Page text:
Number 20: ``If I were to be happy, I would still be able to meet you even if I did the same thing in Namba.'' (Prince Motoyoshi)
The last of the tragic nobles is Prince Motoyoshi, number 20. His father was Yoseiin, the first prince born seven years after the abdication, but he had no connection to that position because the imperial line had passed to the Mitsukyo line.
A nobleman who has lost his future wanders down a certain path, which is the path of a love whose destination is unknown. Prince Motoyoshi is also known for his love of sex, but his love affair with Fujiwara no Yoko is particularly noteworthy. Hisako was the favorite consort of Emperor Uda, and Motoyoshi had an affair with such a woman, and Motoyoshi had many meetings with her. Genji and Fujitsubo, Narihira and Takako, and Motoyoshi and Tomoko are ``dangerous love affairs'' that classic fans should remember.
Now, the Hyakunin Isshu poem is a song related to Hoko. The lyrics say, ``After the affair is over, I will be sent to Kyogoku's palace,'' which shows that the affair was well known, but Motoyoshi still sent the song. ``Even if I do my best'' was not a half-hearted phrase.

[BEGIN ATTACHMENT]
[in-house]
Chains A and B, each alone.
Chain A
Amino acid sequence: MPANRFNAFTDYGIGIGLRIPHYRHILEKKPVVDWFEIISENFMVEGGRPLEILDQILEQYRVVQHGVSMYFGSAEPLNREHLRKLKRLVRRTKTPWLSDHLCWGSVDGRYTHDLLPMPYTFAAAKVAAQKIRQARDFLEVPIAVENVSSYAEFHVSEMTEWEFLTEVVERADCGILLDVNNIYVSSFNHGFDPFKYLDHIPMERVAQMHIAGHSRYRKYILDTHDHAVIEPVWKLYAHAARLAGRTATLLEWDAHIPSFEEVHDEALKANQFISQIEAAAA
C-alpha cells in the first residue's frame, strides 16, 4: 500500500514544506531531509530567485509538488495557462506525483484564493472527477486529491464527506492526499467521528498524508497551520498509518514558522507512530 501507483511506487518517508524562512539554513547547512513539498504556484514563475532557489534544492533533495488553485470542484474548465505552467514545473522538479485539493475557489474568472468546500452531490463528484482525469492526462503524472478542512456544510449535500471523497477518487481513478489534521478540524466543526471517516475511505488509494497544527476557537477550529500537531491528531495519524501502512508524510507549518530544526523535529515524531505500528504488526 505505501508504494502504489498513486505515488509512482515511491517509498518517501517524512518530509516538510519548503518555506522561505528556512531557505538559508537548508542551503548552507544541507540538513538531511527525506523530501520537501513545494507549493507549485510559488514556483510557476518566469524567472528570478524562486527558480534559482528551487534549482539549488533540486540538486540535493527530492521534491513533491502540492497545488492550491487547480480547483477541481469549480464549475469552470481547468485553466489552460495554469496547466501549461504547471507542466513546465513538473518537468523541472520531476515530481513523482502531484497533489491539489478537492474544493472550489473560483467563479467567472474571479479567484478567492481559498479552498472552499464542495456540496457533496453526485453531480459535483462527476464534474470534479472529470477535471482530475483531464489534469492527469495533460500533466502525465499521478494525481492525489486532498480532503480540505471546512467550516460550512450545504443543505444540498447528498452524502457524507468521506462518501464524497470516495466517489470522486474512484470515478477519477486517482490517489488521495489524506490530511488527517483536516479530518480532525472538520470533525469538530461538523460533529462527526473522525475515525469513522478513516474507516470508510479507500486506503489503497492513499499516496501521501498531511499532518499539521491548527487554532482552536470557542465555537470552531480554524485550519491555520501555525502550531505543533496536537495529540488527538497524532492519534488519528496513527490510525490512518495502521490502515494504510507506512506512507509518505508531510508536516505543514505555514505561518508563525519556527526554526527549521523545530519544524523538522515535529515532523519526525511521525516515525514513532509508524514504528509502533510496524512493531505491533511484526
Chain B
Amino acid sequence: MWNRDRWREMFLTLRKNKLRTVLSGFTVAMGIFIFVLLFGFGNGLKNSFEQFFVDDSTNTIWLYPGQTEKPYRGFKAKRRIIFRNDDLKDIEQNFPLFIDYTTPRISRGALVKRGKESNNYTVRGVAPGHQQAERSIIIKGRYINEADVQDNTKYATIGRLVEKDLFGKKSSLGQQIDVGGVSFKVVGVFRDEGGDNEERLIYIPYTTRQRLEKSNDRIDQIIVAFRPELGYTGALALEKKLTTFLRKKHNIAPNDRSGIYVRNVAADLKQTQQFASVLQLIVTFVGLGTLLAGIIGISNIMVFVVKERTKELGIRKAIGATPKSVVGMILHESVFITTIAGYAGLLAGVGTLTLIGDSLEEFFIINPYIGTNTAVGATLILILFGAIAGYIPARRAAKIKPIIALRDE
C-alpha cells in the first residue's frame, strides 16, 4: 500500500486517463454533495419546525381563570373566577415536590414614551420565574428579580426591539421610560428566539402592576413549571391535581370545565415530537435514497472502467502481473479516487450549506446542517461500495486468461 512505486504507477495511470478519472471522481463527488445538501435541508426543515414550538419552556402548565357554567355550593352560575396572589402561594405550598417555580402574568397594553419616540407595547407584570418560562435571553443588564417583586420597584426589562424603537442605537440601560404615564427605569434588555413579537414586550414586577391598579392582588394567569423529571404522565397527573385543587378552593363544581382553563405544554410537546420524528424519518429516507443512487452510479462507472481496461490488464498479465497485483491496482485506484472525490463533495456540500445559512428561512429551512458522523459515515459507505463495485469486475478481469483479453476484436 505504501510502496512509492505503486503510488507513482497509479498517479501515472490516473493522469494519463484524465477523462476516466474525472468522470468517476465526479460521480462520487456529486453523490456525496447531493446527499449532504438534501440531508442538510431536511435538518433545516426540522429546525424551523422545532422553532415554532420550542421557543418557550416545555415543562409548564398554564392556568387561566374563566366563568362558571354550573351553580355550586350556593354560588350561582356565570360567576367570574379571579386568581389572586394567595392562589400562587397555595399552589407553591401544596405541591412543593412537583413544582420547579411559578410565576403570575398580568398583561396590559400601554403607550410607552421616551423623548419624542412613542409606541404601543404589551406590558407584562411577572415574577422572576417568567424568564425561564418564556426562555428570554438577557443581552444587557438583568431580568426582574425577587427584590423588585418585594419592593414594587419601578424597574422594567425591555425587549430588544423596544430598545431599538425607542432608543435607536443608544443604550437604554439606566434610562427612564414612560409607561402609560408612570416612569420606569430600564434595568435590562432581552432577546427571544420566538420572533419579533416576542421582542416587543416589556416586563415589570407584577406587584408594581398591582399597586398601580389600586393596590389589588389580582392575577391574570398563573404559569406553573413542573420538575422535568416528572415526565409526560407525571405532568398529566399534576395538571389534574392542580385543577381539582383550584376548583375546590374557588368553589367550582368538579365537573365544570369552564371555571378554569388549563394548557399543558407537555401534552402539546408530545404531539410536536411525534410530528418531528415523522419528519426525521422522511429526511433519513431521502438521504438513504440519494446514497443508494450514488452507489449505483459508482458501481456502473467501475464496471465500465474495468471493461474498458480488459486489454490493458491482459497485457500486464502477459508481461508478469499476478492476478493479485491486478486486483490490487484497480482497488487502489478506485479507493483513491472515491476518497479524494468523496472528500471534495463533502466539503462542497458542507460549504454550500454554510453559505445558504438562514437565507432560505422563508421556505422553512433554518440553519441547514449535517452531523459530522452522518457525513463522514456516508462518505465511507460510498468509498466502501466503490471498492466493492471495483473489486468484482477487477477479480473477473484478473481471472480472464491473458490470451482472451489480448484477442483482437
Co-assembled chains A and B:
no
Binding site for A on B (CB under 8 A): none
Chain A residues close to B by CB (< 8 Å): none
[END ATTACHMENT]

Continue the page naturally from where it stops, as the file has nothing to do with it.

There are several scenes in which waka is composed, but the most common ones are folding screen poems and uta-ai, and Hyakunin Isshu contains many recognizable poems. That's why the songs of Prince Motoyoshi stick with you, songs of true love, and it's rare in waka poetry to have the opportunity to touch on the real aspiration of human beings. In fact, Prince Motoyoshi left behind only this inner truth*; he was not a poet, but a rare man of style.
*“The dusk waits for more and more, and now it is a very slow morning.” (Prince Motoyoshi)
(Written by: Engaku Uchida)
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